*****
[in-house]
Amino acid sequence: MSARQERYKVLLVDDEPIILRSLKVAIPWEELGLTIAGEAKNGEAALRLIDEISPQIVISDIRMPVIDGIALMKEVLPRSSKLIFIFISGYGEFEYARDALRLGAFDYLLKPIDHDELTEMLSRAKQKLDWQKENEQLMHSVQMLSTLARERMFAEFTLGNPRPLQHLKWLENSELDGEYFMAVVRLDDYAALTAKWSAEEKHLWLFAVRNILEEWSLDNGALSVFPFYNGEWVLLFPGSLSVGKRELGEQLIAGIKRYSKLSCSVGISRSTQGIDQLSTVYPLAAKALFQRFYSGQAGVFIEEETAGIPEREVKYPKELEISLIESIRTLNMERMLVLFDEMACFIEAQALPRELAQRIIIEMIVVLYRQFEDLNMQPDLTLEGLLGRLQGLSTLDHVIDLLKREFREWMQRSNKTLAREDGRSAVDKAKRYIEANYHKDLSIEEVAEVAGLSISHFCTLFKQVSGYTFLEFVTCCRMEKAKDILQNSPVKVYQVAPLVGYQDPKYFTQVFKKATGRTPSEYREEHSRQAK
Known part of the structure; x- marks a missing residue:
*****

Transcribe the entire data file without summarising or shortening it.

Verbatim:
[in-house]
Amino acid sequence: MSARQERYKVLLVDDEPIILRSLKVAIPWEELGLTIAGEAKNGEAALRLIDEISPQIVISDIRMPVIDGIALMKEVLPRSSKLIFIFISGYGEFEYARDALRLGAFDYLLKPIDHDELTEMLSRAKQKLDWQKENEQLMHSVQMLSTLARERMFAEFTLGNPRPLQHLKWLENSELDGEYFMAVVRLDDYAALTAKWSAEEKHLWLFAVRNILEEWSLDNGALSVFPFYNGEWVLLFPGSLSVGKRELGEQLIAGIKRYSKLSCSVGISRSTQGIDQLSTVYPLAAKALFQRFYSGQAGVFIEEETAGIPEREVKYPKELEISLIESIRTLNMERMLVLFDEMACFIEAQALPRELAQRIIIEMIVVLYRQFEDLNMQPDLTLEGLLGRLQGLSTLDHVIDLLKREFREWMQRSNKTLAREDGRSAVDKAKRYIEANYHKDLSIEEVAEVAGLSISHFCTLFKQVSGYTFLEFVTCCRMEKAKDILQNSPVKVYQVAPLVGYQDPKYFTQVFKKATGRTPSEYREEHSRQAK
Known part of the structure; x- marks a missing residue: